The Kings group of forwards are deep, Marianas Trench deep.  Credit Dean Lombardi for this depth, as it was his trade for Gaborik that allowed a shuffling of lines that threw Williams on the 3rd line and Richards on the 4th.  The centers consist of Kopitar, Carter, Stoll, and Richards, a group that cannot be matched by any other team in the NHL.  Anze Kopitar, at 26, is finally getting the credit he deserves.  He has long been one of the best two-way centers in the league and he further proved this by leading the playoffs in scoring with 26 points and continuously shutting down the oppositions top players.  Kopitar had to match up against some of the best centers in the league in Thornton, Getzlaf, and Toews; my apologies to Derek Stepan.  With the exception of maybe Jonathan Toews, Kopitar got the better of  every single matchup, dominating his opposition at times.  This playoff run shed light on the beauty that is Kopitars’ 200-foot game and hopefully gives him the recognition that he deserves going forward.  Gaborik brought a consistent scoring threat from the wing that had been lacking in this era of Kings hockey and he executed perfectly throughout the playoffs, leading the league with 14 goals.  Carter is always a threat to score and provided stability to a line that saw youngsters Tanner Pearson and Tyler Toffoli prove they are ready for full-time NHL duty.  Williams, the winner of the Conn Smythe Trophy, routinely contributed when it mattered most.  Dubbed “Mr. Game 7” due to his knack for playing his best hockey when anything less might mean the end of the season,  he led the Stanley Cup Finals with 7 points in 5 games and had a plus-minus of  +13 throughout the entire playoffs, the best mark in the league.  Even more impressive is the fact he had 10 points, 5 of which were goals, in the 7 elimination games the Kings played. Dustin Brown and Mike Richards are players that don’t stand out on the stats sheet but consistently lead through the grit, determination, and effort they display on the ice.  Factor in depth forwards Clifford, King, and Lewis, and this group of forwards is as scary and talented as they come.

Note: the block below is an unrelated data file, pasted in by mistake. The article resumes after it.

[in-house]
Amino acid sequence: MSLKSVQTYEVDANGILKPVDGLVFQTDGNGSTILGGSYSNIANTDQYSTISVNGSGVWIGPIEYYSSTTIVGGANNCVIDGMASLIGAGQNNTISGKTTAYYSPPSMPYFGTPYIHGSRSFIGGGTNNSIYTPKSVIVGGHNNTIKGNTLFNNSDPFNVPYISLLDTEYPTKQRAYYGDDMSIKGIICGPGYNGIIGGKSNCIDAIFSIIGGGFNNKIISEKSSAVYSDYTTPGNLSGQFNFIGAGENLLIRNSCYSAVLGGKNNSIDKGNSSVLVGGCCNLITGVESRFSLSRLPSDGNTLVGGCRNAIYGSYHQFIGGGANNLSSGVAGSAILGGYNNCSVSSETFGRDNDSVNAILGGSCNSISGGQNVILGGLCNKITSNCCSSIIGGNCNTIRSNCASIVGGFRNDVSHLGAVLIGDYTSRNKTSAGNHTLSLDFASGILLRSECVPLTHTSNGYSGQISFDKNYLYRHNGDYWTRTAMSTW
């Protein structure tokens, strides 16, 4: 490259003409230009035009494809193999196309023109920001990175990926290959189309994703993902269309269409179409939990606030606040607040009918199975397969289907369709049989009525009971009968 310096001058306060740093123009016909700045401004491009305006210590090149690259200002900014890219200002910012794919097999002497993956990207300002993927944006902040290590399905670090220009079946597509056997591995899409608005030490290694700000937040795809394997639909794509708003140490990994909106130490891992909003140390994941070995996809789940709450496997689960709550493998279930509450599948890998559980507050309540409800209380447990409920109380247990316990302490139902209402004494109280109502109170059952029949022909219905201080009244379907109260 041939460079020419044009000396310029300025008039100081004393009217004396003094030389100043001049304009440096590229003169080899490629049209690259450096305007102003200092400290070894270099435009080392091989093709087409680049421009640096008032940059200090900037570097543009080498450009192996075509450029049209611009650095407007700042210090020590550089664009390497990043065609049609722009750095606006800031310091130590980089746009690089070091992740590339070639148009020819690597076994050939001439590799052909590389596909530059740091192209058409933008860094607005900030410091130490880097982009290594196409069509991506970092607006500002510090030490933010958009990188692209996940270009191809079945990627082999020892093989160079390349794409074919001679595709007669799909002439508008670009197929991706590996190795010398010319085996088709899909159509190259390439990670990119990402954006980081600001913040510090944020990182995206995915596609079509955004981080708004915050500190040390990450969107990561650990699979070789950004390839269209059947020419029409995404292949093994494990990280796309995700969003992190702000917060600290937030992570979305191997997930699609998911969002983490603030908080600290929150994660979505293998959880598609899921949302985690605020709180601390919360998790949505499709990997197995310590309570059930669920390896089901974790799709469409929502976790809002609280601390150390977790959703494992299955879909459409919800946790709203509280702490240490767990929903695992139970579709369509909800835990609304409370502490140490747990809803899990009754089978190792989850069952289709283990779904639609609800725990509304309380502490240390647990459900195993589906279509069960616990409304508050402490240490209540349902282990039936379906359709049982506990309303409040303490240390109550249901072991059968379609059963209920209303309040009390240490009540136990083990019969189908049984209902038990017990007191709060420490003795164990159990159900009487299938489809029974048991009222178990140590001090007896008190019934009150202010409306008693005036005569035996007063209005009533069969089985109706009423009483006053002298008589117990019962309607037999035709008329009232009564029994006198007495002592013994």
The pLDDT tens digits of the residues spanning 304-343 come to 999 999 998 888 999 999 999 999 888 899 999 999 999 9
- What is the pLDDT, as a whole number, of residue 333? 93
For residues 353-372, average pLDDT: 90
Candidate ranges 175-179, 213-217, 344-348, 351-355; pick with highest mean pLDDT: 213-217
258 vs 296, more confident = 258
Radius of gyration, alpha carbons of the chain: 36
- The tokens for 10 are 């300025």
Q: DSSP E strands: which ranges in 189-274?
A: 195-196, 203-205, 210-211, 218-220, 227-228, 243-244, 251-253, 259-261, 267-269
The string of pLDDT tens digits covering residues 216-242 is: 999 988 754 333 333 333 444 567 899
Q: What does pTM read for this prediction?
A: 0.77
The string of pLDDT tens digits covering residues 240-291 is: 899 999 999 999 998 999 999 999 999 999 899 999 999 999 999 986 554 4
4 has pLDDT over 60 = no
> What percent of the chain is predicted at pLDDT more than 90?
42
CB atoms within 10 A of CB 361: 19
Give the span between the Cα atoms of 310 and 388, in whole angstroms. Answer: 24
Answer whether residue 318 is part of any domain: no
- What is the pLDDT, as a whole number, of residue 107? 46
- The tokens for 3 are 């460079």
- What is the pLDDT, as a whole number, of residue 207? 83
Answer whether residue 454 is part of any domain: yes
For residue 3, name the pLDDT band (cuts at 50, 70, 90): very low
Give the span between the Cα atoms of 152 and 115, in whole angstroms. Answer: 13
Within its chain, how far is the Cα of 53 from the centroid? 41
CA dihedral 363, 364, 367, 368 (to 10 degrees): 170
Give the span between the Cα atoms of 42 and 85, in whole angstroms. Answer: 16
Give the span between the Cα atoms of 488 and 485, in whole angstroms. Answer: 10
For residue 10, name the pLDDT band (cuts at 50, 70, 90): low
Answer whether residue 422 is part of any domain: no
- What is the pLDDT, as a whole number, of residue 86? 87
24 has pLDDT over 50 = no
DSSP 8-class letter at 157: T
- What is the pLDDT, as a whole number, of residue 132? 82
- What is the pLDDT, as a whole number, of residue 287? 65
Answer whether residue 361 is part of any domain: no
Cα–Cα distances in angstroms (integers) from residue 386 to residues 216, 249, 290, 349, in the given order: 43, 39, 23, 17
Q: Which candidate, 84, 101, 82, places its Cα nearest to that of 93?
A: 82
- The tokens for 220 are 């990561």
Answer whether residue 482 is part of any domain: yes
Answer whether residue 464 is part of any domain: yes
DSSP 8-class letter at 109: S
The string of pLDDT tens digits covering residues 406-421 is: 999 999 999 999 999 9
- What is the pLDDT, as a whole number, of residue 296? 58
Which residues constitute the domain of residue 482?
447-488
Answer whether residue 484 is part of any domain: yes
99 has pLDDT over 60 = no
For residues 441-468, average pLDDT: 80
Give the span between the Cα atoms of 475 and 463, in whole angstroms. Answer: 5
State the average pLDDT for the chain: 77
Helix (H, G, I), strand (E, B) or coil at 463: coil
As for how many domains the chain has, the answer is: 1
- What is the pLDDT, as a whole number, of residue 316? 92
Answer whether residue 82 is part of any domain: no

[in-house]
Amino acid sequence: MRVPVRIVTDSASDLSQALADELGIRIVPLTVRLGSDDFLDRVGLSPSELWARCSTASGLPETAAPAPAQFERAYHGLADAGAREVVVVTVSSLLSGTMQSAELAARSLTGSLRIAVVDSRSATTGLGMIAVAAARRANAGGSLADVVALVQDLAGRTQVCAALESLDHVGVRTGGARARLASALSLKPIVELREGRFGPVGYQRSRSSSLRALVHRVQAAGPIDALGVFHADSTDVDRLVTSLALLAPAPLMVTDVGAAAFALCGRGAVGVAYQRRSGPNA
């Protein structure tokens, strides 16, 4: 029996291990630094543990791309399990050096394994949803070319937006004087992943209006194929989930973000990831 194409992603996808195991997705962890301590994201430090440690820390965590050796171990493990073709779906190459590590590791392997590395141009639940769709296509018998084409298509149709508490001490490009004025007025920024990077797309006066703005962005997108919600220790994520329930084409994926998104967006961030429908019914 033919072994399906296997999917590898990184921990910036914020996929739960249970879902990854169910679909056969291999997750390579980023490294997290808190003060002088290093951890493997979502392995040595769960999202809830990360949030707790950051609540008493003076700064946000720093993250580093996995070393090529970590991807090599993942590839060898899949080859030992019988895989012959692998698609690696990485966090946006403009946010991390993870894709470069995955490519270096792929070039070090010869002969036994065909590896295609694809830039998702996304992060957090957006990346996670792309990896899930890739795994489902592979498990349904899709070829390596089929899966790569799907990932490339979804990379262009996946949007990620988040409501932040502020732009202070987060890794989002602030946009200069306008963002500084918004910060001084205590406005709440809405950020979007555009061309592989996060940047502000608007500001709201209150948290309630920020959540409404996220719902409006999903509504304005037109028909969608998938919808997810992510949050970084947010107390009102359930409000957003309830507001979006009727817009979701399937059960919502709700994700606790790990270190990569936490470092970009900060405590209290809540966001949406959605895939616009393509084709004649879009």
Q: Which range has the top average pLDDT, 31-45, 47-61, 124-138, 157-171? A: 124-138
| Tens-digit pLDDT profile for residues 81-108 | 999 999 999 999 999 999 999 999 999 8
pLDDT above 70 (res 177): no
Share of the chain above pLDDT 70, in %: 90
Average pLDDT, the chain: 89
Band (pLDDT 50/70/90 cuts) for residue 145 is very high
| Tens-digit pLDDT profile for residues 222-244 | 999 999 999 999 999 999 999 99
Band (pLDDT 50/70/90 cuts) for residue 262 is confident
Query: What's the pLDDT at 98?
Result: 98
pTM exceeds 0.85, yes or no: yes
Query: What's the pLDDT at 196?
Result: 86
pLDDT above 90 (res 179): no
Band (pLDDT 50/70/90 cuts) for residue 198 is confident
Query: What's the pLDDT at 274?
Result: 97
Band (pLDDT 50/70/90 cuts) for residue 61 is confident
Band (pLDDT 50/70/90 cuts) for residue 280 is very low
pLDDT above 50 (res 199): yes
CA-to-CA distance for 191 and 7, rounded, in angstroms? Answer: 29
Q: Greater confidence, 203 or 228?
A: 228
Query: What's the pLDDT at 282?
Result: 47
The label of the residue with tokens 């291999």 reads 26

This team believes in the culture Dean Lombardi has created, they believe in the defense-first style of play Coach Daryl Sutter preaches, and they play as a single-unit driven entirely by a single motive: to win Lord Stanley’s Cup.  This team is special, and they are young, and they are very talented. They have the resiliency to consistently overcome deficits to the point that they create history.  They may have some different pieces in place next year, but I wouldn’t expect this to be the last time this core group of Kings gets crowned.

Interview With Chris Lee!

We recently caught up with Chris Lee of the Magnitogorsk Metallurg! He’s one of the best defenseman in the entire KHL. He also recently won the Gagarin Cup with his team. We talked about a variety of topics, from how bad my pronunciation is, to Russian food!I had lots of fun doing this interview and my voice cracked a few times. But before you go laughing at me, make sure to follow me on Twitter @HkyBlogger, and “like” us on Facebook here: and make sure to check out Chris on Twitter @4Chris_Lee. Without further to do, here is our interview with Chris Lee!

Quick Thoughts after Game 2 of the Stanley Cup Final

Anze Kopitar is a great hockey player. He is so dominate at both ends of the ice. Some people don’t understand how hard it is to be as skilled both offensively and defensively as Kopitar is. The way you play the game in the opponent’s and your own zone is not comparable; it takes two different kinds of skill set. Every hockey coach on the planet loves the kind of player Anze Kopitar is. Whenever there is an empty sheet of ice around the puck, expect to see No. 11 in black arrive in one or two seconds. Kopitar reminds me of Datsyuk. Especially when it comes to the insane amount of time both of them seem to have with the puck. Both of them can fight off one or two defensemen with one hand while protecting the puck with the other. Both can sneak across the opponent’s defensive zone just inside the blue line to deliver a perfect drop pass, or continue to skate down behind the opponent’s net and buy some time for their teammates. Their stickhandling is top-notch, with Datsyuk having the upper hand on Kopitar. Both centermen can make nifty little passes in tight areas and neither one of them ever gets stuck in a corner or gets into too much trouble in front of the opposition’s net. Look for Kopitar to keep dominating the rest of the Stanley Cup Final and earn himself a first Conn Smythe Trophy.